In a landmark decision representatives from 54 of the International Bureau of Weights and Member States voted to revise the International System of Units (SI), changing the world's definition of the kilogram, the ampere, the kelvin and the mole.
The decision, made at the 26th meeting of the General Conference on Weights and Measures (CGPM) in Versailles, France, means that all SI units will now be defined in terms of constants that describe the natural world. This will assure the future stability of the SI and open the opportunity for the use of new technologies, including quantum technologies, to implement the definitions.
The changes, which will come into force on 20 May 2019, will bring an end to the use of physical artefacts to define measurement units.
The International Prototype of the Kilogram (IPK), a cylinder of platinum/iridium alloy conserved at the BIPM, which has been used as the definition of the kilogram for almost 130 years, will now be retired. It will be replaced by a definition based on the Planck constant - the fundamental constant of quantum physics.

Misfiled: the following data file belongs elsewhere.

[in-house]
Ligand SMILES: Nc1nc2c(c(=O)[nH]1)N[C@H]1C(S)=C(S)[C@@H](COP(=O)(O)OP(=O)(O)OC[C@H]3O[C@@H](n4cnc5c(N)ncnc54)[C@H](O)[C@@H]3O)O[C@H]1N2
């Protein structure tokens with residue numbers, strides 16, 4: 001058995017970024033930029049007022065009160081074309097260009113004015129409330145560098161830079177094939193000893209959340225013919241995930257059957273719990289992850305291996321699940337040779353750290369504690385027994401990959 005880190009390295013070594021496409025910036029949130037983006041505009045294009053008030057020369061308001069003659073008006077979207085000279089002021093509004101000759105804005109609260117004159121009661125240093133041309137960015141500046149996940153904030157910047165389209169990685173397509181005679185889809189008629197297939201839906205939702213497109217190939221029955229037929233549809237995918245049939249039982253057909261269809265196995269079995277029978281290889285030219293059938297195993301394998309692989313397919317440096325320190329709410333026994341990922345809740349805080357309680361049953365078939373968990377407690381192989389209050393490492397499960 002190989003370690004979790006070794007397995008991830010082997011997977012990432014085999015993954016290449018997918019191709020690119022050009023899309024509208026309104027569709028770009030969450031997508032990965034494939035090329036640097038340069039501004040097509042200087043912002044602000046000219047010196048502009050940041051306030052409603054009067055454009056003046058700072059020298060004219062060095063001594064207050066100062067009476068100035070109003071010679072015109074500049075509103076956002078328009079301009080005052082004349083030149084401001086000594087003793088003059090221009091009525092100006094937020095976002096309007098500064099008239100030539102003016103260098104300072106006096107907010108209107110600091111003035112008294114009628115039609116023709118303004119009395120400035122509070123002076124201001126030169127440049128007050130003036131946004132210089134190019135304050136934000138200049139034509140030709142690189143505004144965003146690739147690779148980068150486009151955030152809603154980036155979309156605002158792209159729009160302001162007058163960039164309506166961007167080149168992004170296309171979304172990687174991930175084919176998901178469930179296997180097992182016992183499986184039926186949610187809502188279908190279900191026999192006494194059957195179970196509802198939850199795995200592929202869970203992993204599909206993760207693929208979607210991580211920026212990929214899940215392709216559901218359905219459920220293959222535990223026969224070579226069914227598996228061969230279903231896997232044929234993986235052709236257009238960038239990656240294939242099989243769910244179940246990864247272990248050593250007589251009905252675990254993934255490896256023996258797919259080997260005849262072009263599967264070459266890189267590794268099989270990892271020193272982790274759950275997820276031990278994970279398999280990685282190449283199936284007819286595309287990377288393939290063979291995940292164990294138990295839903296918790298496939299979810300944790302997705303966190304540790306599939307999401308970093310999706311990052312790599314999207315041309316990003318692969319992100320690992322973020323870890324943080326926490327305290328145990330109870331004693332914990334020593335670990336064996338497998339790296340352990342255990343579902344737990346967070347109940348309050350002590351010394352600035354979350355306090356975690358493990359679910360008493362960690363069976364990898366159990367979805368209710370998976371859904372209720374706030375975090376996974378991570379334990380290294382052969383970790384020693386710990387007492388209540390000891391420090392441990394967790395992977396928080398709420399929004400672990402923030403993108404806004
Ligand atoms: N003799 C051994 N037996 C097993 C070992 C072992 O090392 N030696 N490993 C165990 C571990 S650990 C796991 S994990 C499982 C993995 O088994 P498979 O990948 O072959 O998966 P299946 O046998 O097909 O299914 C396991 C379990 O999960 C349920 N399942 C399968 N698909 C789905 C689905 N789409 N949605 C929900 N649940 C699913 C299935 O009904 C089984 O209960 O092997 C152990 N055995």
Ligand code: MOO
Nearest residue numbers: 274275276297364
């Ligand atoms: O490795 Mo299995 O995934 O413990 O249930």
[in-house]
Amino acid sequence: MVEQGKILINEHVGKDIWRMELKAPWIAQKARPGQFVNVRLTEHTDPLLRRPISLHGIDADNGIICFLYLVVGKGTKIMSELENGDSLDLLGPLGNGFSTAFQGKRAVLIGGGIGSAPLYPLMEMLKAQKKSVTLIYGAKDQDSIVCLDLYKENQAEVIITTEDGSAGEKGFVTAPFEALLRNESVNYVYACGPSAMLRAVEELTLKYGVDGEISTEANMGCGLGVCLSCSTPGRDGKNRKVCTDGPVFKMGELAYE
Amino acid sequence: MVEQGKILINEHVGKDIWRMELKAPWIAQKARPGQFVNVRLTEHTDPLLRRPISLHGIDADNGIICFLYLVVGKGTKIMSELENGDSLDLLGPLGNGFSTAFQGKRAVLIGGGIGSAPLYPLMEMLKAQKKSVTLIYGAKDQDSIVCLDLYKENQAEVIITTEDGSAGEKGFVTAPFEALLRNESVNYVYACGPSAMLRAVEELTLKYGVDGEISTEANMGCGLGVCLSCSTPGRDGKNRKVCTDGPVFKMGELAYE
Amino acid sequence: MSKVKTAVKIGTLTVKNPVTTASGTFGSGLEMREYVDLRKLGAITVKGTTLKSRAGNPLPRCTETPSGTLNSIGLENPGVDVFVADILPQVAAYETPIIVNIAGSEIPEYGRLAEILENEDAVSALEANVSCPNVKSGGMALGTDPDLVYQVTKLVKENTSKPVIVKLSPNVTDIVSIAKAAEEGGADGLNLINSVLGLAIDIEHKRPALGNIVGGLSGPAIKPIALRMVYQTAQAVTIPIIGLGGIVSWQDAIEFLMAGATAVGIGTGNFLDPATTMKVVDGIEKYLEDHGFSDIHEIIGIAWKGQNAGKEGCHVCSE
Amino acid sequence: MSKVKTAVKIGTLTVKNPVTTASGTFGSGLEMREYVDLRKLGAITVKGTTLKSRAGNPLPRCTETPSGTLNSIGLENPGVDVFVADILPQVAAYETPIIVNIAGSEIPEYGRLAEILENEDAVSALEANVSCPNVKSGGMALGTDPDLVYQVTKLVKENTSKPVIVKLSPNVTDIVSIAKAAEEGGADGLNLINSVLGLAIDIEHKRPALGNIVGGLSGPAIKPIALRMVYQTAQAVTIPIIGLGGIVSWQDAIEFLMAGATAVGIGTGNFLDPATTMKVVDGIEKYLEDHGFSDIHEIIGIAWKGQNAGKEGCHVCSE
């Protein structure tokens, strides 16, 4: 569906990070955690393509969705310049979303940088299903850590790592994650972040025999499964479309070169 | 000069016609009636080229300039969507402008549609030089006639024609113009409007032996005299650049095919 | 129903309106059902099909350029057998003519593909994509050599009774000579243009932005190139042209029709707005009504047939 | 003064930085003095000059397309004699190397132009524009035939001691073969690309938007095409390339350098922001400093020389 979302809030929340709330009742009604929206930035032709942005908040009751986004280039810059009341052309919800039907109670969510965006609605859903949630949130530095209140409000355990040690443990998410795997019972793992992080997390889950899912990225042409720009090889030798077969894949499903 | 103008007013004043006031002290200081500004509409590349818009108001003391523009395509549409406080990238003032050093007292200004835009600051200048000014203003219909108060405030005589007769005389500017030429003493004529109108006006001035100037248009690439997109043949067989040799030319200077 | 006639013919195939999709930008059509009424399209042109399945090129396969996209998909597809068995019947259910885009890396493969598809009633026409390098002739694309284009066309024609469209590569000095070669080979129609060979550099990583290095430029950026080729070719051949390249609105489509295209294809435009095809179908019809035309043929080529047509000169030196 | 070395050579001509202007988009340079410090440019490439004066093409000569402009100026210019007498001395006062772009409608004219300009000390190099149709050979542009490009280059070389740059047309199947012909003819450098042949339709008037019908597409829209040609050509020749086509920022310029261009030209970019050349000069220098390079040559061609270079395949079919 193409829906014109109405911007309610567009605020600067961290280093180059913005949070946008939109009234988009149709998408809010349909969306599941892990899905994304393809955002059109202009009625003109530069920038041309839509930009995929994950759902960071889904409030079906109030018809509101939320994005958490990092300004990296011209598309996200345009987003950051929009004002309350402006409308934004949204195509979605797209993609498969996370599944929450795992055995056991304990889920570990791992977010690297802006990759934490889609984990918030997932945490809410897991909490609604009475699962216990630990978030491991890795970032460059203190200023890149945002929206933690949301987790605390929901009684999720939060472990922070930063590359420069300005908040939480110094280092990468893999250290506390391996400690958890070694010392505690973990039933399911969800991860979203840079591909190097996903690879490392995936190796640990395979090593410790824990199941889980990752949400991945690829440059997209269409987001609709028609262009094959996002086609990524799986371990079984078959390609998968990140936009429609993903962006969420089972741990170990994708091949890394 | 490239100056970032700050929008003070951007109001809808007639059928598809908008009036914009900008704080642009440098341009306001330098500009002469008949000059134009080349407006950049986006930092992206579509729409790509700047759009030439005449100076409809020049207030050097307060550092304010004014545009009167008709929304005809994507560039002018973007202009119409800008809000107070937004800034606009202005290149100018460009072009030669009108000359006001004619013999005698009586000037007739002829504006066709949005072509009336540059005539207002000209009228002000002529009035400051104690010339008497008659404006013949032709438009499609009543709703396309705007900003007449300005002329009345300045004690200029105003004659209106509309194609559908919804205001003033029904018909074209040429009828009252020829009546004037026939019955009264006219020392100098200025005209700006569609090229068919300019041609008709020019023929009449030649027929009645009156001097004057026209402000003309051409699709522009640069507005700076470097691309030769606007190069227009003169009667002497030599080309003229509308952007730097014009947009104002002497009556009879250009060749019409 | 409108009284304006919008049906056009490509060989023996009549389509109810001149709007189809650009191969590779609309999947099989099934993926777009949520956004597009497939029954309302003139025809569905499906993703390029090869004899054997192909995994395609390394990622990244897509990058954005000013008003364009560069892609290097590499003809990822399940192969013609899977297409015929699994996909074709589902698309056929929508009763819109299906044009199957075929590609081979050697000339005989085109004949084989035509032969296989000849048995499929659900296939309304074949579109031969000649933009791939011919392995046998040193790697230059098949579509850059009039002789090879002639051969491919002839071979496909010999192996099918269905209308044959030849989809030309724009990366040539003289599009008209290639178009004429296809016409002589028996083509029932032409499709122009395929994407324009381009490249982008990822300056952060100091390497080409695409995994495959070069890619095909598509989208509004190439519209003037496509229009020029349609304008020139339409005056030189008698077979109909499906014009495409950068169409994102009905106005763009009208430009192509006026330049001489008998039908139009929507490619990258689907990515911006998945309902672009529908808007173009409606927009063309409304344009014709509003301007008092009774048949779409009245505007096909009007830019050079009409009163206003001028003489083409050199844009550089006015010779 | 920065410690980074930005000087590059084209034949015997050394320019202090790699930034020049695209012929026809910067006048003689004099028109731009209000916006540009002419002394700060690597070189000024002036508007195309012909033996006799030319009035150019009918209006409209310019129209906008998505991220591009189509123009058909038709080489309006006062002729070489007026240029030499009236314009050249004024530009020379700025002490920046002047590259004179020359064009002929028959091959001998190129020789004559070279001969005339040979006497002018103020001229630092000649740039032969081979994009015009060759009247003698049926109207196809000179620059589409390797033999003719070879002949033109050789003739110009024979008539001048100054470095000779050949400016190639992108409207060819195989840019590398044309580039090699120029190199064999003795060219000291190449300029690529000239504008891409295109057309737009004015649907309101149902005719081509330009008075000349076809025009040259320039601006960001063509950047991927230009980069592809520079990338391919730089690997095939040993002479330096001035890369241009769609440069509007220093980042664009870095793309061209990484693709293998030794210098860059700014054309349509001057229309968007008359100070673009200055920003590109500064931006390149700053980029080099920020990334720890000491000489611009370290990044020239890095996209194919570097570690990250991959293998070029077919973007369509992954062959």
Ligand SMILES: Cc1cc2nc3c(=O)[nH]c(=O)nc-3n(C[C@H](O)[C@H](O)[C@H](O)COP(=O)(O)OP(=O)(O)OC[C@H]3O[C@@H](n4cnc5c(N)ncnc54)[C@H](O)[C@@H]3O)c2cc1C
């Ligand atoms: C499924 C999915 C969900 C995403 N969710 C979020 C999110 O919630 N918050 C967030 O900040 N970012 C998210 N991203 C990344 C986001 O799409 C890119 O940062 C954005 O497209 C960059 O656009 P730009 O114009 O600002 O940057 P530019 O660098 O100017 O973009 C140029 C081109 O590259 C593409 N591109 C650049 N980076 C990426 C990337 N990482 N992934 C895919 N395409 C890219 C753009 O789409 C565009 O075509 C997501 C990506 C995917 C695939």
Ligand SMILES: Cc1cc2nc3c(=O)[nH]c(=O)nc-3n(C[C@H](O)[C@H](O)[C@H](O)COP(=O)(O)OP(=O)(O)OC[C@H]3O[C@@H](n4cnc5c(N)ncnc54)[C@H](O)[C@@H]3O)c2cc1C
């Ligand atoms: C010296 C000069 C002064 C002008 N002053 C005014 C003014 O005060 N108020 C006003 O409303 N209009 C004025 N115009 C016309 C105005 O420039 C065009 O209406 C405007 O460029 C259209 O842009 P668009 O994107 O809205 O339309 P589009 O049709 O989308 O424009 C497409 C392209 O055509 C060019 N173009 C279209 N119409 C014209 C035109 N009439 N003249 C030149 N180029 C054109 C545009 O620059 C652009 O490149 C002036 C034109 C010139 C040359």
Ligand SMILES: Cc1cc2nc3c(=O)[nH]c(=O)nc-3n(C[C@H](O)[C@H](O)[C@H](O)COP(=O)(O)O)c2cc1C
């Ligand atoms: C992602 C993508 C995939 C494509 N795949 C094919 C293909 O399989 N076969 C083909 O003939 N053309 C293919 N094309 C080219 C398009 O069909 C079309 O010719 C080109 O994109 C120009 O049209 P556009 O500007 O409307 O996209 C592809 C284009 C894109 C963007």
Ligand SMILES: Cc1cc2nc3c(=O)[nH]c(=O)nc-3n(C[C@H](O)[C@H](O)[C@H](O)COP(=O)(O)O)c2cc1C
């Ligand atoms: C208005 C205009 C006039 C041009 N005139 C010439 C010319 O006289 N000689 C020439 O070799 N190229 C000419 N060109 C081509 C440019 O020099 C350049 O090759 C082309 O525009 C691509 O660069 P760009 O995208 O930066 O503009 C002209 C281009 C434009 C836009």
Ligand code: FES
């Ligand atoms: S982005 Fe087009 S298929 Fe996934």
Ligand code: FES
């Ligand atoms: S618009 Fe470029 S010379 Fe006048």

The new definitions impact four of the seven base units of the SI: the kilogram, ampere, kelvin and mole; and all units derived from them, such as the volt, ohm and joule.
Several projects were initiated for replacing the platinum-iridium cylinder. In the framework of one of these projects, a new etalon was created in the form of an ideal polycrystalline silicon ball enriched by stable 28Si isotope, with a deviation from sphericity of less than 30 nanometers. Rosatom is participating in this project. Until the end of 2018, the Russian concern will supply the silicon-28 (28Si) isotope to Germany for the Kilogram-3 international research project on the creation of the a generation etalon of a mass.